Tuesday, February 26, 2013

Converting XeLaTeX into ODT or MS Word

TeX4ht can do a lot of the work of converting from LaTeX to wordprocessor.  But when one adds in the complications of UTF8 characters, multiple scripts, and XeLaTeX, things can get complicated.

C. V. Radhakrishnan today pointed me to this discussion on the TeX4ht mailing list:
What Radhakrishnan says is:
As far as I understand, TeX4ht won't support fontspec or XeLaTeX
technologies of using system fonts that do not have *.tfm's. In effect, by
adopting TeX4ht, one is likely to loose the features brought in by XeTeX.
However, here is another approach.

   1. We translate all the Unicode character representations in the
   document to Unicode code points in 7bit ascii which is very much palatable
   to TeX4ht. A simple perl script, utf2ent.pl in the attached archive does
   the job.
   2. We run TeX4ht on the output of step 1.
   3. Open the *html in a browser, I believe, we get what you wanted. See
   the attached screen shot as it appeared in Firefox in my Linux box.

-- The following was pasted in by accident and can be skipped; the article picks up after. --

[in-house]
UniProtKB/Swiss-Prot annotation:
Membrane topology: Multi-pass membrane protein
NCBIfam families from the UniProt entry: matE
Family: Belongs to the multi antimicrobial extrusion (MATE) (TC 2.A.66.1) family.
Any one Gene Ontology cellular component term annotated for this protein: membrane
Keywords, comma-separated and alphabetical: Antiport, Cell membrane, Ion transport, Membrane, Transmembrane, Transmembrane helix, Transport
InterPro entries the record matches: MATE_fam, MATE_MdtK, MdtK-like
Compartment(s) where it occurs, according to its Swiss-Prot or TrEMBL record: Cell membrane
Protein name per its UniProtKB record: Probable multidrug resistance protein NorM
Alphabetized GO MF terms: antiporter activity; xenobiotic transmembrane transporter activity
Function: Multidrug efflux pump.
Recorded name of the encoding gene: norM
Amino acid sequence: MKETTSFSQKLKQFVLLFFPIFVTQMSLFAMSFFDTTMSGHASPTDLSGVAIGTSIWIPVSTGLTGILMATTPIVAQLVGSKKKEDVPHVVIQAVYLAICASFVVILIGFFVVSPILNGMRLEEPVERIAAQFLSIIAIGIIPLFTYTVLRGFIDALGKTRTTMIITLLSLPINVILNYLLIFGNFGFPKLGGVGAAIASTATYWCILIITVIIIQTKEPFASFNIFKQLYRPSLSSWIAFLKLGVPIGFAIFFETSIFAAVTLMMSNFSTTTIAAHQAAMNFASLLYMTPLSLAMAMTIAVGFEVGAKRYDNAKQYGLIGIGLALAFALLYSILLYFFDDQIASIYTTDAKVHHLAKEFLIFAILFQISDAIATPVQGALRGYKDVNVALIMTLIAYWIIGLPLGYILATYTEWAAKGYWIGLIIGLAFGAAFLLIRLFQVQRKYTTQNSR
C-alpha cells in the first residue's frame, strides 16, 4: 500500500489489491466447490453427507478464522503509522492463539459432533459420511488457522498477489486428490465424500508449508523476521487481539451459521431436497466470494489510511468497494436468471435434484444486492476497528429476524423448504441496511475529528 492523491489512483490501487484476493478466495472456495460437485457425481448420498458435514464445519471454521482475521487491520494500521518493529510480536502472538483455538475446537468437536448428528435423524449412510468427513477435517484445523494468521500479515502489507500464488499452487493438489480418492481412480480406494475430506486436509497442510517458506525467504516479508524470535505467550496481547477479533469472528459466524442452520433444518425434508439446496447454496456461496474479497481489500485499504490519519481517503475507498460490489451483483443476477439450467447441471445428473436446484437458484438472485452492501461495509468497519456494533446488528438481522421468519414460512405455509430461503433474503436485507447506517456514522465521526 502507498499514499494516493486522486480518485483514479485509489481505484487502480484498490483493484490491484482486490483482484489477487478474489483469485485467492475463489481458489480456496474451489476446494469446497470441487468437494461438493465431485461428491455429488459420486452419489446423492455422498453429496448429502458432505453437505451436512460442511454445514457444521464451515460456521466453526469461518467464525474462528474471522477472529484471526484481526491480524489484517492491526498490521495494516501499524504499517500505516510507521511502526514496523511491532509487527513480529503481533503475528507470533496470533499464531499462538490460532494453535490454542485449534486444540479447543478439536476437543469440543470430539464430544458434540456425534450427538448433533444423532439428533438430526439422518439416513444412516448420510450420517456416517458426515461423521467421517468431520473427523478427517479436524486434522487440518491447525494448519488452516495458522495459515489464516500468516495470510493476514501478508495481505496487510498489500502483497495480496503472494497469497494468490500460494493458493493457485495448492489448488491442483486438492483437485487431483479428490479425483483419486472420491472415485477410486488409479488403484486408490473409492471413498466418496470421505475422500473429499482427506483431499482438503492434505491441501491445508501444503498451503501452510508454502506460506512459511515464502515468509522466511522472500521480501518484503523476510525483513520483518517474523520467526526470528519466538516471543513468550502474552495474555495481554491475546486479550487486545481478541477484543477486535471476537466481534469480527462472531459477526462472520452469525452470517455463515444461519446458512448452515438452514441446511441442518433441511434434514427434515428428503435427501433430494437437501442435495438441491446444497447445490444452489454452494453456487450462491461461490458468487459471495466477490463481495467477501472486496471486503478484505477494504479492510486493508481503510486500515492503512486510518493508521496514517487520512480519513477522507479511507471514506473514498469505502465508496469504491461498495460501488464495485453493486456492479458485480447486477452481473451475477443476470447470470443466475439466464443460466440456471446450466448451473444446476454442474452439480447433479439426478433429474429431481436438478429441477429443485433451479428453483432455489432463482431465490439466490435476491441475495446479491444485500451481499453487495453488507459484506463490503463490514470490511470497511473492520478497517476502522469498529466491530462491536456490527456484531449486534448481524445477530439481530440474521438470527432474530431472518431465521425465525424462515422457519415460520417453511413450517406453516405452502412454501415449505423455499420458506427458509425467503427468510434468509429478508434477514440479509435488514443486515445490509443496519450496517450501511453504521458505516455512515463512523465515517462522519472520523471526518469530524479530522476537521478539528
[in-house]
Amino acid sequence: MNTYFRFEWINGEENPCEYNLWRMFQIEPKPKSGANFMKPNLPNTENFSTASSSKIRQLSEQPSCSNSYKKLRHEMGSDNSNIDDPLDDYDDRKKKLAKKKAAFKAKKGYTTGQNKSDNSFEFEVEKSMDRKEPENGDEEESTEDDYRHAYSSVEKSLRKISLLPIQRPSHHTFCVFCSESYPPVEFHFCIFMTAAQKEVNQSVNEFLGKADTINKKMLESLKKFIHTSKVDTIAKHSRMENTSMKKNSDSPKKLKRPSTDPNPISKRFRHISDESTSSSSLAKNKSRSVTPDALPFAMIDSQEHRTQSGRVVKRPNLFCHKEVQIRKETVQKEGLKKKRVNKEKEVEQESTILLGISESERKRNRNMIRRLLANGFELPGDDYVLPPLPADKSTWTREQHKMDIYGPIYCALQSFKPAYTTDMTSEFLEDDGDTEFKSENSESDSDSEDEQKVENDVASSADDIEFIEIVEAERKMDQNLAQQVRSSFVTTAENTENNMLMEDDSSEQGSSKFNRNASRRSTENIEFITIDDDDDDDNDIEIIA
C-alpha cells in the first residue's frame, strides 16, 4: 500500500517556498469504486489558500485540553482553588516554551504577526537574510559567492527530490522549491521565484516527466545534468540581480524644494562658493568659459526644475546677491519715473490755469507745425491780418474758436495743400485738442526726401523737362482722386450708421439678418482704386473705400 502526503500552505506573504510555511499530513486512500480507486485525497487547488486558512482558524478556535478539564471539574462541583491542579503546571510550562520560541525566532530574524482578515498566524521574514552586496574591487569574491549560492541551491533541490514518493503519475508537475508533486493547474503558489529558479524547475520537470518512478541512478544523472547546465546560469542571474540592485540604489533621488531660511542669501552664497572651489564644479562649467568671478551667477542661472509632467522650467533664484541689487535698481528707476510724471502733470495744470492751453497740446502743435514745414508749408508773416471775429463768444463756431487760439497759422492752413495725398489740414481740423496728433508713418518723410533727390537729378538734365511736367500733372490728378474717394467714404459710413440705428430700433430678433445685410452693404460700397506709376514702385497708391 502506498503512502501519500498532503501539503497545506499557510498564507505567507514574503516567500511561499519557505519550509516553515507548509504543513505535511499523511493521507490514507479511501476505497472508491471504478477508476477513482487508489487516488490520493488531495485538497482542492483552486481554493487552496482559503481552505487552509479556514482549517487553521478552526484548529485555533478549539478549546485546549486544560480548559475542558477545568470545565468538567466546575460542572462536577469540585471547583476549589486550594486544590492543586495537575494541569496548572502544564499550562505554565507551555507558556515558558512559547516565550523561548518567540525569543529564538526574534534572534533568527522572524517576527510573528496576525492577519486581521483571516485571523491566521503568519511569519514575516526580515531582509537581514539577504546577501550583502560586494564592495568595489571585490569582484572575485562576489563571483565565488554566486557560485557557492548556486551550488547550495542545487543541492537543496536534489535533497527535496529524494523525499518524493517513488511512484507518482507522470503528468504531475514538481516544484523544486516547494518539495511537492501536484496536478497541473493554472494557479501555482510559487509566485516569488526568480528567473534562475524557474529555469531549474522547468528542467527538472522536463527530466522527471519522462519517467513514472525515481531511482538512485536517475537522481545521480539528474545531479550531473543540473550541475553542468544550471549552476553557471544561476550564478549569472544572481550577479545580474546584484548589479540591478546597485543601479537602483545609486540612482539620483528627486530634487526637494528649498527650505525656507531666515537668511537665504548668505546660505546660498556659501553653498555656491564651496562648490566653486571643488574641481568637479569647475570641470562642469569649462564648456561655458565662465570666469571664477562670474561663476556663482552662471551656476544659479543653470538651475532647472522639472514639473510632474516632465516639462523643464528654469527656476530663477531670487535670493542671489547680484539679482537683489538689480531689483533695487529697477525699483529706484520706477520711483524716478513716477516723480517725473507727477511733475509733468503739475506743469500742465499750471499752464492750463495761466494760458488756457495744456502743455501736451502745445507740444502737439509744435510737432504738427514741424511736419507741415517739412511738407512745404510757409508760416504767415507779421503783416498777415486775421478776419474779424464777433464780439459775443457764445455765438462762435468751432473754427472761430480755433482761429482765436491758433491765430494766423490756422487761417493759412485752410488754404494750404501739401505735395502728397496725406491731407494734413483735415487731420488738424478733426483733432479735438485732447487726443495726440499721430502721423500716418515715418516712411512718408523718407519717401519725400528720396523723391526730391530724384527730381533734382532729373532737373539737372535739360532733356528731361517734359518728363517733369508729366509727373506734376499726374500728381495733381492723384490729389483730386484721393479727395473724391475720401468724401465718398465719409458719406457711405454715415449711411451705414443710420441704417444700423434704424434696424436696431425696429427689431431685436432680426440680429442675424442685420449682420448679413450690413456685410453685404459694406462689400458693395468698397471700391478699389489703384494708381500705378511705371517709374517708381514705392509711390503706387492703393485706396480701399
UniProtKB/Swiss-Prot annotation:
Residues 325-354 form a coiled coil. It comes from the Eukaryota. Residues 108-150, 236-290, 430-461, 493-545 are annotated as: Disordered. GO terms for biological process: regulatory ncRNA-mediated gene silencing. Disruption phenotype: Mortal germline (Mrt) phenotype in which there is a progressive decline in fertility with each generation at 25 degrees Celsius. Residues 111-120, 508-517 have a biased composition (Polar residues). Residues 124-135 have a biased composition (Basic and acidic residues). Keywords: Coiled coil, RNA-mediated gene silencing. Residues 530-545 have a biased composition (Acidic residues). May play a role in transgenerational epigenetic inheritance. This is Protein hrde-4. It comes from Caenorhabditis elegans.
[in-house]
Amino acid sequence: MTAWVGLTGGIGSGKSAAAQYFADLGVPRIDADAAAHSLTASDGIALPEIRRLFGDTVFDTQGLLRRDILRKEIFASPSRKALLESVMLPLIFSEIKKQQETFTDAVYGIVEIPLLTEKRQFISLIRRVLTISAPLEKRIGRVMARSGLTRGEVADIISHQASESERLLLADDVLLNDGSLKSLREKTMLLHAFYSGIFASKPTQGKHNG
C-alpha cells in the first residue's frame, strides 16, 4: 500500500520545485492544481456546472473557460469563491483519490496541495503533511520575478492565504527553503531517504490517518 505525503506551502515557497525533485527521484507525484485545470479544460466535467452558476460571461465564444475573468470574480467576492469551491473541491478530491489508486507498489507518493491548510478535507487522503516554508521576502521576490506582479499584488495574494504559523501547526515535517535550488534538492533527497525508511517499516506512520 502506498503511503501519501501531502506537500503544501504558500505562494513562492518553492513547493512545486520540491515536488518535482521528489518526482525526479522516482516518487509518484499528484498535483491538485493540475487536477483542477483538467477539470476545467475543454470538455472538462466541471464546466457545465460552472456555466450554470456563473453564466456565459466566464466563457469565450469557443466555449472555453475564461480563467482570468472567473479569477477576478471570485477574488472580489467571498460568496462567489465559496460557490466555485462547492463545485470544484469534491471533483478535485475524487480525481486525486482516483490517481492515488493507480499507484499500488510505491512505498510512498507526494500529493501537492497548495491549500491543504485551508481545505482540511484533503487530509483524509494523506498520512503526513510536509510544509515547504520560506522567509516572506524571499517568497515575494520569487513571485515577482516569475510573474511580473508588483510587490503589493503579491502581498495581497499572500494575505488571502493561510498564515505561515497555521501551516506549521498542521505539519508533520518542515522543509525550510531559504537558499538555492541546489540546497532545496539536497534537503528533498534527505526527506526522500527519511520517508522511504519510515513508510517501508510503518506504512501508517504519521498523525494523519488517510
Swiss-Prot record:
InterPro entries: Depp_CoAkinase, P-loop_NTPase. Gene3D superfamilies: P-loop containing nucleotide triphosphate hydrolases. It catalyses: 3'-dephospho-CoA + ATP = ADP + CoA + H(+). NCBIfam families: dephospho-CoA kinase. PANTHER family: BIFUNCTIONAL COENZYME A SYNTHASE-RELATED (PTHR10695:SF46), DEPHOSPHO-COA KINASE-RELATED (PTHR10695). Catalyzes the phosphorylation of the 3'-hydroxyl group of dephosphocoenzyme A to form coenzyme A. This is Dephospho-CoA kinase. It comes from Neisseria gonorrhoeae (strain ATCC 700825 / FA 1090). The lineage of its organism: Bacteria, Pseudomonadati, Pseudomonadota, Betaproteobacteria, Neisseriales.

Here is what I did with your specimen document.

   1. commented out lines that related to fontspec package from your
   sources named as alex.tex.
   2. added four lines of macro code to digest the converted TeX sources
   3. ran the command: perl utf2ent.pl alex.tex > alex-ent.tex
   4. ran the command: htlatex alex-ent "xhtml,charset=utf-8,fn-in" -utf8
   (fn-in option is to keep the footnotes in the same document). I have used a
   local bib file, mn.bib as I didn't have your bib database. biber was also
   run in the meantime to process the bibliography database.
   5. open the output, alex-ent.html in a browser. I got it as you see in
   the attached alex.png.
 Radhakrishnan's PERL script utf2ent.pl is

use strict;
use warnings;

for my $file ( @ARGV ){
  open my $fh, '<:utf8 br="" cannot="" die="" file:="" file="" open="" or="">   while( <$fh> ){

For Radhakrishnan's continuing comments on TeX4ht development, see
TeX4ht's homepage:

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